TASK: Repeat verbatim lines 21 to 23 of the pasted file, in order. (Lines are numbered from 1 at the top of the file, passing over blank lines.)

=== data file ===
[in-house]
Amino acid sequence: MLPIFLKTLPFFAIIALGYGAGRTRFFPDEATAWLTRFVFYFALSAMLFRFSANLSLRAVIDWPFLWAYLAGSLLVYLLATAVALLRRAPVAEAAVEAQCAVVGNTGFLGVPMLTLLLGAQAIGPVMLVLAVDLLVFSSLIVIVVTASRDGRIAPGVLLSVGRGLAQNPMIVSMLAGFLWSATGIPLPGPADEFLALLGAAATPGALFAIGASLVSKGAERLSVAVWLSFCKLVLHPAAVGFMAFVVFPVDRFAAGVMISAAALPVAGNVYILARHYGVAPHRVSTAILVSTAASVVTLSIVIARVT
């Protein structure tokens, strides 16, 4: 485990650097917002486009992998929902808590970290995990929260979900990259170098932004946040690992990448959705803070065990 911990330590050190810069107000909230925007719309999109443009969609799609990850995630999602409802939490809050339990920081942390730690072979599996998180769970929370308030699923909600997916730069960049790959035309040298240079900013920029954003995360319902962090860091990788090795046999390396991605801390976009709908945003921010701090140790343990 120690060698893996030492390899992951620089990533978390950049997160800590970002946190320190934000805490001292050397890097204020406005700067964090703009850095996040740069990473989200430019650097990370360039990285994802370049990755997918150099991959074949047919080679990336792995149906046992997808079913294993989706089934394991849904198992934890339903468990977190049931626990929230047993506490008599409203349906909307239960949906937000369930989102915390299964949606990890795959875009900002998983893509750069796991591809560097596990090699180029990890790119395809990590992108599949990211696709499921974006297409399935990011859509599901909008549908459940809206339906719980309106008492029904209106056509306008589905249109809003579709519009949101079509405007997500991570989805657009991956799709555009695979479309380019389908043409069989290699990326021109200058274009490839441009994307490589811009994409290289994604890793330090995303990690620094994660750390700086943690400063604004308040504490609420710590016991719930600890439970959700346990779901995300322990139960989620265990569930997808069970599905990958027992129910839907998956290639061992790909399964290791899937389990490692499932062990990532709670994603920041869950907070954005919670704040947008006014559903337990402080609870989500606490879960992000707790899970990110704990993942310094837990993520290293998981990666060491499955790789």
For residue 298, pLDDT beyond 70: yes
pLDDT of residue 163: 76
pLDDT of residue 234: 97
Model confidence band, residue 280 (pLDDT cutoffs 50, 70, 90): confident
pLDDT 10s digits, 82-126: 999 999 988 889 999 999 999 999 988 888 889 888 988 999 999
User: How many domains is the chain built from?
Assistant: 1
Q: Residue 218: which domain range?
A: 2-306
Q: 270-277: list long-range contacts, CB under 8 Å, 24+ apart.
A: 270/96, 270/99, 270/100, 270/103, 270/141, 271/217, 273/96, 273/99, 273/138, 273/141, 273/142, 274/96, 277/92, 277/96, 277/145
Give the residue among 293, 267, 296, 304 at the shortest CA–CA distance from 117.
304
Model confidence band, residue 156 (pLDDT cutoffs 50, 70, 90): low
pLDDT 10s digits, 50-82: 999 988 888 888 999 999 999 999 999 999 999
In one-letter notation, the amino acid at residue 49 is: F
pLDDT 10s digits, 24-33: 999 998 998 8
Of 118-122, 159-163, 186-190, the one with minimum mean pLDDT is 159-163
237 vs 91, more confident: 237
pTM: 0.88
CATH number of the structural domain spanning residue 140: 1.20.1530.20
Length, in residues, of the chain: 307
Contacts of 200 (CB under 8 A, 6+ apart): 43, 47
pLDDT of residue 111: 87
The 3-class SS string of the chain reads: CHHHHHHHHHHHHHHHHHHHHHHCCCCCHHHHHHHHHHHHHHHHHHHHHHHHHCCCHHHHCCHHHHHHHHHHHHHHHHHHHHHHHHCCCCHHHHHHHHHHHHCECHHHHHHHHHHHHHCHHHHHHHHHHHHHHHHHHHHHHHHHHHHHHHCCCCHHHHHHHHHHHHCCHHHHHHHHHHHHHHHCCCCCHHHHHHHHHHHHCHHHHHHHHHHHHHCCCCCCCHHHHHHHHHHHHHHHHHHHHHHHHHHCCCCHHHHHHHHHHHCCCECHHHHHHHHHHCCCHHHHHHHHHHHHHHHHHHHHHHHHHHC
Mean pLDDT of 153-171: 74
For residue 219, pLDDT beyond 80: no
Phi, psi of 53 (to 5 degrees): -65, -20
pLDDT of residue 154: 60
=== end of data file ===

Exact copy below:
Of 118-122, 159-163, 186-190, the one with minimum mean pLDDT is 159-163
237 vs 91, more confident: 237
pTM: 0.88